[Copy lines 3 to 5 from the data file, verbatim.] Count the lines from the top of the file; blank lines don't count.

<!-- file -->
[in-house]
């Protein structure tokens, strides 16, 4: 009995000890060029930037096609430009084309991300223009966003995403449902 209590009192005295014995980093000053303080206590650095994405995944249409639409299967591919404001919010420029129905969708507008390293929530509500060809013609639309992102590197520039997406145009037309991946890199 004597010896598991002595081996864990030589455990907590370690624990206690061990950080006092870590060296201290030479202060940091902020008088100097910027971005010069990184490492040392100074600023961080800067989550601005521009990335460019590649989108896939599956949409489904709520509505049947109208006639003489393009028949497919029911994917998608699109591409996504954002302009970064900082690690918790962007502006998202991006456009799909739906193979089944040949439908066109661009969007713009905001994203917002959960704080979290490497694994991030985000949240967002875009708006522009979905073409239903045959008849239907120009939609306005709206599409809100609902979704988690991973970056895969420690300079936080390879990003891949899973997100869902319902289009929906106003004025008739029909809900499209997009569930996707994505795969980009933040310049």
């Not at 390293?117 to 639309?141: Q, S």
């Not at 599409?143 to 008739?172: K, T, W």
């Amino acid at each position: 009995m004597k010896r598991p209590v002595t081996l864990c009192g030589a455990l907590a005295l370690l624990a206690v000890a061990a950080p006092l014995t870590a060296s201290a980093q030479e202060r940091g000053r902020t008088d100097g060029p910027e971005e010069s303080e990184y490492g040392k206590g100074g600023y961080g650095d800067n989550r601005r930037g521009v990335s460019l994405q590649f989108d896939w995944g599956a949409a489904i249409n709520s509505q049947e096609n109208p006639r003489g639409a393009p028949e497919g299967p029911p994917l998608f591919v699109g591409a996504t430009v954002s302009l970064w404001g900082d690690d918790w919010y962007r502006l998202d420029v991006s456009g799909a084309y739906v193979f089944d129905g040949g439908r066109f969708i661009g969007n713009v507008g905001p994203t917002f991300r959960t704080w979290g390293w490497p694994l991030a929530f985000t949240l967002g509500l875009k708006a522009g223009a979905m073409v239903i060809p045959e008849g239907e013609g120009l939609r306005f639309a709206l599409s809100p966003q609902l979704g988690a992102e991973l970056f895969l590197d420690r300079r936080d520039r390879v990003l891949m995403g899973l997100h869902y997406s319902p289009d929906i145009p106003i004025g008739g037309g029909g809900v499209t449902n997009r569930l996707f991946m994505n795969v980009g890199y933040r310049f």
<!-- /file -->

């Not at 390293?117 to 639309?141: Q, S």
């Not at 599409?143 to 008739?172: K, T, W």
């Amino acid at each position: 009995m004597k010896r598991p209590v002595t081996l864990c009192g030589a455990l907590a005295l370690l624990a206690v000890a061990a950080p006092l014995t870590a060296s201290a980093q030479e202060r940091g000053r902020t008088d100097g060029p910027e971005e010069s303080e990184y490492g040392k206590g100074g600023y961080g650095d800067n989550r601005r930037g521009v990335s460019l994405q590649f989108d896939w995944g599956a949409a489904i249409n709520s509505q049947e096609n109208p006639r003489g639409a393009p028949e497919g299967p029911p994917l998608f591919v699109g591409a996504t430009v954002s302009l970064w404001g900082d690690d918790w919010y962007r502006l998202d420029v991006s456009g799909a084309y739906v193979f089944d129905g040949g439908r066109f969708i661009g969007n713009v507008g905001p994203t917002f991300r959960t704080w979290g390293w490497p694994l991030a929530f985000t949240l967002g509500l875009k708006a522009g223009a979905m073409v239903i060809p045959e008849g239907e013609g120009l939609r306005f639309a709206l599409s809100p966003q609902l979704g988690a992102e991973l970056f895969l590197d420690r300079r936080d520039r390879v990003l891949m995403g899973l997100h869902y997406s319902p289009d929906i145009p106003i004025g008739g037309g029909g809900v499209t449902n997009r569930l996707f991946m994505n795969v980009g890199y933040r310049f």